Referrals are probably the most common way that therapists and counsellors get new clients. Many of them come through personal recommendations, from colleagues, friends, existing or former clients, or through other professionals, such as doctors.
Sometimes more formal arrangements are in place, where referrals are made in return for a fee or other consideration. Typically, you find this as part of a room rental agreement in a therapy or mixed discipline centre, or as part of a membership or directory based service.
The fee for the referral can be a once-off contribution, a one-time contribution per client referred, or a regular payment based on the sessions attended by the client (with perhaps a time limit.) The purpose of the fee is usually to recognise that the referrer is giving something of value to the therapist (ie paid work.) The referrer may have invested in the establishment and reputation of the centre or directory, and may continue to promote it through advertising or marketing.
The advantage to the therapist is that she doesn’t have to do all that promotional work herself, although, depending on the flow of referrals, a single source or client referrals may not be sufficient. It’s also wise to continue to generate referrals on a personal basis, in case for whatever reason the flow through that source dries up, or you move on.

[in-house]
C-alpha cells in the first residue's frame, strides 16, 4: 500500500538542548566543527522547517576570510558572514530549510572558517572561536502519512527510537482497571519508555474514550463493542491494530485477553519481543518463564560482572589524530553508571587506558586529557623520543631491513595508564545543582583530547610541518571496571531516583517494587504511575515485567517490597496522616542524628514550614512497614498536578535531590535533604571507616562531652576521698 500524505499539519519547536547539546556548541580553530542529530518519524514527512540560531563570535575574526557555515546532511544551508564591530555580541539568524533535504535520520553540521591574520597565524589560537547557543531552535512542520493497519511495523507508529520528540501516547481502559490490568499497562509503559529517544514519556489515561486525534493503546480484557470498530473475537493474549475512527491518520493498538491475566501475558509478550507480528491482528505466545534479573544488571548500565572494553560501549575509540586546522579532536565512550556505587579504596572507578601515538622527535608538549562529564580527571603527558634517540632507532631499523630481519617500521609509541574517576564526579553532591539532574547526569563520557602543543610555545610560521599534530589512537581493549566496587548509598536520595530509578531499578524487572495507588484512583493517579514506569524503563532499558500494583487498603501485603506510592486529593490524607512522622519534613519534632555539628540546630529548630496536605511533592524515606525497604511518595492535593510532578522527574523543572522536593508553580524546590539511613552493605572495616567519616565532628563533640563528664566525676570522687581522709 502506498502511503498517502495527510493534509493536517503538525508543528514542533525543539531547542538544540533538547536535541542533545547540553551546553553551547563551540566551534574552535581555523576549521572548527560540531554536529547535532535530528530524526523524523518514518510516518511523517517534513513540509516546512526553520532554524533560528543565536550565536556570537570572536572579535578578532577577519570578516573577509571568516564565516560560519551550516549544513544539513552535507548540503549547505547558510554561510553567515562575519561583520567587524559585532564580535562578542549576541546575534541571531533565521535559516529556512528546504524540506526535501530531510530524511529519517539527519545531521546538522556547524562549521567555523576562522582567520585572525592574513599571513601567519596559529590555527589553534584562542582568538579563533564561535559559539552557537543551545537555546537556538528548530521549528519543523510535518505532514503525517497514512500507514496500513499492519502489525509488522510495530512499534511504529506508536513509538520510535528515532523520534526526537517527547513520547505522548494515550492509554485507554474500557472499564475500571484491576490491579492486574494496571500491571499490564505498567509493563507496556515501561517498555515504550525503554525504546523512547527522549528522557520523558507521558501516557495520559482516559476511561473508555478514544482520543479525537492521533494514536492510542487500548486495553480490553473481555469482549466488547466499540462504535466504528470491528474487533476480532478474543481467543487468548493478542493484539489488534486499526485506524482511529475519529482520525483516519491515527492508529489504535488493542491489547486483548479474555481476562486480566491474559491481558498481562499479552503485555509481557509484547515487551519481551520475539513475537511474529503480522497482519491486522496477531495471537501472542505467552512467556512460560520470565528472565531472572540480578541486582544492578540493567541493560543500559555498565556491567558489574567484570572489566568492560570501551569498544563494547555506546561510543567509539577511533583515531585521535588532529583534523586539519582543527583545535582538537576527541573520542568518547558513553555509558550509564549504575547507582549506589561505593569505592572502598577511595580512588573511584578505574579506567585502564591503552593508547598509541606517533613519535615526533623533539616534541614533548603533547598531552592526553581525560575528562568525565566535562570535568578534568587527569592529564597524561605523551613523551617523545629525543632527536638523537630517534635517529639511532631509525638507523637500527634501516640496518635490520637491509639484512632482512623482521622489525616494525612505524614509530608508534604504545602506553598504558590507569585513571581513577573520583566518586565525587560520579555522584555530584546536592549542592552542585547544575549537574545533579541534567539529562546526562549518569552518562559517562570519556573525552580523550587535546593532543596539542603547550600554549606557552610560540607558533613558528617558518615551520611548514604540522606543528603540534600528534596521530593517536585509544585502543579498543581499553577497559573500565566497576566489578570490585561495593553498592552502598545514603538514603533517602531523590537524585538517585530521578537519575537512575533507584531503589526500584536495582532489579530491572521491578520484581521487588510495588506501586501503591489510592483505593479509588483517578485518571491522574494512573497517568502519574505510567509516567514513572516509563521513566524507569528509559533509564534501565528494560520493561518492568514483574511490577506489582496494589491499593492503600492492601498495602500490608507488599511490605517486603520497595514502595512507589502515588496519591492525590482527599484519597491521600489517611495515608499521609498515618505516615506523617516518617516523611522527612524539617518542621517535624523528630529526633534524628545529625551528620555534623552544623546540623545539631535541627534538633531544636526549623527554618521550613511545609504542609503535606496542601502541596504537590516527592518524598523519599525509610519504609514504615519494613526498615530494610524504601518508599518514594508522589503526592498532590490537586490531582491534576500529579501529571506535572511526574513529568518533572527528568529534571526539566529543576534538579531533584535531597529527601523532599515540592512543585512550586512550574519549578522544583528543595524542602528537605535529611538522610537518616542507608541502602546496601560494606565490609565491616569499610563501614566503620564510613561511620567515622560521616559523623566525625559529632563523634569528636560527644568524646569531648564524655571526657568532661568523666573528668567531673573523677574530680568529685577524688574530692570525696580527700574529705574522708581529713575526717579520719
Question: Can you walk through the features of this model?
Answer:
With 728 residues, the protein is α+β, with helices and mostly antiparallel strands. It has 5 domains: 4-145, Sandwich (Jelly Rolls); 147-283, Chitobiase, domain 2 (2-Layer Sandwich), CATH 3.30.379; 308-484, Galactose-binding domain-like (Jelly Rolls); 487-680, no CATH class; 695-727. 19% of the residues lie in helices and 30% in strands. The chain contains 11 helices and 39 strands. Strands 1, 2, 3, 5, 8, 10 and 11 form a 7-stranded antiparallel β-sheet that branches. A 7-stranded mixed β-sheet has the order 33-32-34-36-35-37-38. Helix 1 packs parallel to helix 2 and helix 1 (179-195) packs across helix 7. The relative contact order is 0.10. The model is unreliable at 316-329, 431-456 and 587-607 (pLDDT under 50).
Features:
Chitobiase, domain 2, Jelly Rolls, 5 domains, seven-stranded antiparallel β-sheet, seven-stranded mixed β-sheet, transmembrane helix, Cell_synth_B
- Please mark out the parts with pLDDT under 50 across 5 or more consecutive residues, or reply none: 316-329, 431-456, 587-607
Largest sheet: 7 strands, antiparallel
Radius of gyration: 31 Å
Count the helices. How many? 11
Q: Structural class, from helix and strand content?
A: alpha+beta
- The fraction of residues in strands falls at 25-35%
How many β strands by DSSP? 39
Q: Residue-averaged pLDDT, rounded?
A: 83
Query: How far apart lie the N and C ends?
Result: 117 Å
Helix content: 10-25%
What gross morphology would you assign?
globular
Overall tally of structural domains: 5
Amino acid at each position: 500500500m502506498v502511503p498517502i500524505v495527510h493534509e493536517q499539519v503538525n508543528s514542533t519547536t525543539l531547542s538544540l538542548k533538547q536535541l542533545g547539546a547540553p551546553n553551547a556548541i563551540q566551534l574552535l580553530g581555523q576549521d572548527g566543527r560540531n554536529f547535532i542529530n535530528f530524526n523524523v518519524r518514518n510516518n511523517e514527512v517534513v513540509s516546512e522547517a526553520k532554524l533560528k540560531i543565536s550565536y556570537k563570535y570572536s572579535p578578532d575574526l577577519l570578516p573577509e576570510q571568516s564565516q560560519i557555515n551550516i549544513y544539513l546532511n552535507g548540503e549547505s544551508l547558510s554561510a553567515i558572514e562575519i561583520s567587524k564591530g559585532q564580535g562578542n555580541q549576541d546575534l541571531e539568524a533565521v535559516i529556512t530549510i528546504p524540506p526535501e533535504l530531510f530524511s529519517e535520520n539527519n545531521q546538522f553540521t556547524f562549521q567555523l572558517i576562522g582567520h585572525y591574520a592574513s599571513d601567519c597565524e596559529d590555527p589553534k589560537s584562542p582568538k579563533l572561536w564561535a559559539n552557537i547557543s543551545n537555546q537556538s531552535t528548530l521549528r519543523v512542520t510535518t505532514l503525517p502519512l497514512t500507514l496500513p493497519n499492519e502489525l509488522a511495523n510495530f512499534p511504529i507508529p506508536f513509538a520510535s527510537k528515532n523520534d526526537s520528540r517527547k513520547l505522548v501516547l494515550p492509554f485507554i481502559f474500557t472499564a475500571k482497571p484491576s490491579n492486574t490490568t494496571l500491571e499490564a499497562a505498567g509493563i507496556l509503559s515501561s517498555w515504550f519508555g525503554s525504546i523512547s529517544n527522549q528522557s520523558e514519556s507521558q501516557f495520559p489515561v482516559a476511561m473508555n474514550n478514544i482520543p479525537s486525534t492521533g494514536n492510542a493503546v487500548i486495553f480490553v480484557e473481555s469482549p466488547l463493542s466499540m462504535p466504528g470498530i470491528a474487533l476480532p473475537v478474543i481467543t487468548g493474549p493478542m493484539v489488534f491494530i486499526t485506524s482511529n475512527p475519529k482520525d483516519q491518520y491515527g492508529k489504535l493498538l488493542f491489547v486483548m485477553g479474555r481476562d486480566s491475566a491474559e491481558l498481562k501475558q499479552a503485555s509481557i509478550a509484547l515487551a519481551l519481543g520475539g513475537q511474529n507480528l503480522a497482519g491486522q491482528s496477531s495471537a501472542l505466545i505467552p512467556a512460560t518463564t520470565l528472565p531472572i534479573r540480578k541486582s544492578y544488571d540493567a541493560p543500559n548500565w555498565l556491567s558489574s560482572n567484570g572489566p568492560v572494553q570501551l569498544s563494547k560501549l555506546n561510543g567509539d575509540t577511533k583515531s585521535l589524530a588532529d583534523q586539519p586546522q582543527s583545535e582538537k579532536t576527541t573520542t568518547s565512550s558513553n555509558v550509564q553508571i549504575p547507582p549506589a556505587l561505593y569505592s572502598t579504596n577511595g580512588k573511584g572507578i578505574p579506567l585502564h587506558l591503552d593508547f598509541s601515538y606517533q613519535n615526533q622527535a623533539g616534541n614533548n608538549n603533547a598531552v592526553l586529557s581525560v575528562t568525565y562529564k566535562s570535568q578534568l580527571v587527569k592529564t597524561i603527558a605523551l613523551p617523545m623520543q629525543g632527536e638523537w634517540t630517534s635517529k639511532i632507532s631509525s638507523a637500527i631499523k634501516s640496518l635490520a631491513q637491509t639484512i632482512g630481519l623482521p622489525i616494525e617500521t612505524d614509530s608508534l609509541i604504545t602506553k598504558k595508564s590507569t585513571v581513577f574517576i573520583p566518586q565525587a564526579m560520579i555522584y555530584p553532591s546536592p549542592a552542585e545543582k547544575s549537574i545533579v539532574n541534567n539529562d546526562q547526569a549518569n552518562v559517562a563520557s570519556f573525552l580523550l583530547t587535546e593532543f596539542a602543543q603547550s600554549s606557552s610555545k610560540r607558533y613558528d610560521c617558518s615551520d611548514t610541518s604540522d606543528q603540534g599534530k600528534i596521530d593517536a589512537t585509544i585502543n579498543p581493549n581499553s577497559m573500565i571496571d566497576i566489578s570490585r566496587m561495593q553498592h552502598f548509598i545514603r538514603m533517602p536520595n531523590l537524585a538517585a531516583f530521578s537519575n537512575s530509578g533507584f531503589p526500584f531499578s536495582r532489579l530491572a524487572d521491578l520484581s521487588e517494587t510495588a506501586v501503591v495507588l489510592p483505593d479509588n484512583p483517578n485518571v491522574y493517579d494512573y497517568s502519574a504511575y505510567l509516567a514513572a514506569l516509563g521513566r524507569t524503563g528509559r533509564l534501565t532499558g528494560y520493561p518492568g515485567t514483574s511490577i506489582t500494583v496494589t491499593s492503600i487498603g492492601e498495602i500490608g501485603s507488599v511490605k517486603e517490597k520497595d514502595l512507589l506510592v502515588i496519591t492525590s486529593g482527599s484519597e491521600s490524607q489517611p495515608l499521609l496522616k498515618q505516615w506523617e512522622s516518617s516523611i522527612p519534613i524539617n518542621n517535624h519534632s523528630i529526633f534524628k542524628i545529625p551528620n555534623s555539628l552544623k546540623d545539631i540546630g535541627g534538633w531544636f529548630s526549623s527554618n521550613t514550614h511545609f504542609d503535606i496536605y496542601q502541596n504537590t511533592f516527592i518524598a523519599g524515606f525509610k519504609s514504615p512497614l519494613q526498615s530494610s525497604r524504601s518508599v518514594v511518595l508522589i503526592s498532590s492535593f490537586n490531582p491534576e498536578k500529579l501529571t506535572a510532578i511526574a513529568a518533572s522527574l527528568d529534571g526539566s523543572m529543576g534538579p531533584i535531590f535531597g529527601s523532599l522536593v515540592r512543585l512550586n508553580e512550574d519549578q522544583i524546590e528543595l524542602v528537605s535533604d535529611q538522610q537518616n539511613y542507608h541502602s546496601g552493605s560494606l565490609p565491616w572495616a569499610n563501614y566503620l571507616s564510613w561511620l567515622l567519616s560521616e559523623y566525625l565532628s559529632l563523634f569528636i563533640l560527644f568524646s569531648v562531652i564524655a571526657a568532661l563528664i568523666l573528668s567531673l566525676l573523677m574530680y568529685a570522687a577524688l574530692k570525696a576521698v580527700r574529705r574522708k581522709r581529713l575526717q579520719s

Check out what it’s going to cost you for the referrals and what you can reasonably expect to get in return. Here are some ideas to think about:
- Are you guaranteed a certain number of referrals?
- If you make a once-off payment per client, how does it work if the client doesn’t stay? Do you get a refund?
- If there’s no guaranteed number of referrals, check with other existing users to see what their experience has been like
- Ask what promotion is being done by the centre or directory
- If you can, get a sense of the quality of referrals. Are the clients assessed before being referred?
- Can you specify the criteria for referral to you?
- Check out the situation about “ownership” of the client. In the event that you decide to move on, are there any restrictions on the client moving with you?
- In looking at the cost, consider it in terms of the value you will receive. If you get a client that stays for a while, the referral fee will probably be a very small proportion of what you can expect to earn.